Quart et alia

She had always said that she would never be that woman. The one who woke up and wished she was blissfully asleep again because it had dawned on her, yet again, that her life was totally shit. She lived with a nagging in the pit of her stomach that a solution was just out of reach for her mind.

Her mother had always said to her ‘…you can’t get a quart into a pint pot..’ What Emma had eventually realised was that her mother was actually trying to tell her ‘…don’t be too big for your boots, missy.’ What hope is there, she thought, if even your own mother can’t dream big for you.

If only she had the confidence to stretch out and make a grab for something. Anything. But as she thought about taking some definitive action,  the branch would begin to look flimsy and she felt at such a height, that she could feel her vertigo coming on, and she would surely fall tumbling to the ground. Failing again. She forced down the nagging, eventually digesting it. It’s okay. Carry on, as you are, for today. Survive. That’s all you have to achieve for today. What difference can one more day of misery make?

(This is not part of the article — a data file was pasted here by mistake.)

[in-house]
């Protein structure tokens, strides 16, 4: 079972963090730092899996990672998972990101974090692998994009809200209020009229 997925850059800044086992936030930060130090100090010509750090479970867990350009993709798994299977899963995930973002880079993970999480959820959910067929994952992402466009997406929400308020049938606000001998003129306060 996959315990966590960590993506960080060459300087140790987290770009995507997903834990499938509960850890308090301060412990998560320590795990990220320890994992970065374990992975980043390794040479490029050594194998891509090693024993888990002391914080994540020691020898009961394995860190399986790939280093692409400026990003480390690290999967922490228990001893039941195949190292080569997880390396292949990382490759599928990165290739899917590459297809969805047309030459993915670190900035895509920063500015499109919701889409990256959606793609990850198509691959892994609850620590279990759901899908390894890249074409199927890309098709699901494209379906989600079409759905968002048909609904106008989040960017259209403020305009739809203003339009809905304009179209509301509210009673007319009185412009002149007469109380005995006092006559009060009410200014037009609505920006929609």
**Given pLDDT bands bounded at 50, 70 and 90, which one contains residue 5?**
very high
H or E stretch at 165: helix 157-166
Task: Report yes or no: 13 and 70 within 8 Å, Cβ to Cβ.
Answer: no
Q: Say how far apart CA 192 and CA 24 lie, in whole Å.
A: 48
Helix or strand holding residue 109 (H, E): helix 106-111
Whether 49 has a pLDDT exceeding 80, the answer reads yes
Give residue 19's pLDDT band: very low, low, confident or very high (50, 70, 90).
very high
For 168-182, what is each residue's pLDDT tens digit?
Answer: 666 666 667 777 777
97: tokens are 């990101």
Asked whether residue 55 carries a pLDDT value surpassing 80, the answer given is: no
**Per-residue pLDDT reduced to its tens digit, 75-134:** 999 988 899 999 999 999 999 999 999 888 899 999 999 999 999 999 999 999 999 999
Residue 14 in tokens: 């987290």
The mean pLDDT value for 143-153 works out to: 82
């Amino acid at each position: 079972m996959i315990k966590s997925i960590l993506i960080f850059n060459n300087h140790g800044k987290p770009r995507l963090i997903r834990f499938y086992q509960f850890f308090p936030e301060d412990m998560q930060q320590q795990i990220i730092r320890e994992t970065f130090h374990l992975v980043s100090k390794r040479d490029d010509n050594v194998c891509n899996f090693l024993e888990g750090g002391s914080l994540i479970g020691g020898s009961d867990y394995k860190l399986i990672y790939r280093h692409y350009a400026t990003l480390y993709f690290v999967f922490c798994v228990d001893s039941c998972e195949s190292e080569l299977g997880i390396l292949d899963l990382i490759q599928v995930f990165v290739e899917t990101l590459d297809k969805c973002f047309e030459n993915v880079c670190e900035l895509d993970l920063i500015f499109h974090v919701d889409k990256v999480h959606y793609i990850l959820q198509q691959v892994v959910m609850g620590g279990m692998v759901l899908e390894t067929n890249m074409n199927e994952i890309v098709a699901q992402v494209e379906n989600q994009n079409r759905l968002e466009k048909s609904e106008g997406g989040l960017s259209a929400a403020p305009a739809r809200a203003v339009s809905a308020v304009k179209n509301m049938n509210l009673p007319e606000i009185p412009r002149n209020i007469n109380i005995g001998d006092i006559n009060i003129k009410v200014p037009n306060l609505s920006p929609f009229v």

Faces 6
‘Keep smiling, no one can see the truss.’

This is written as an assignment for the Start Writing Fiction Course, on Future Learn.


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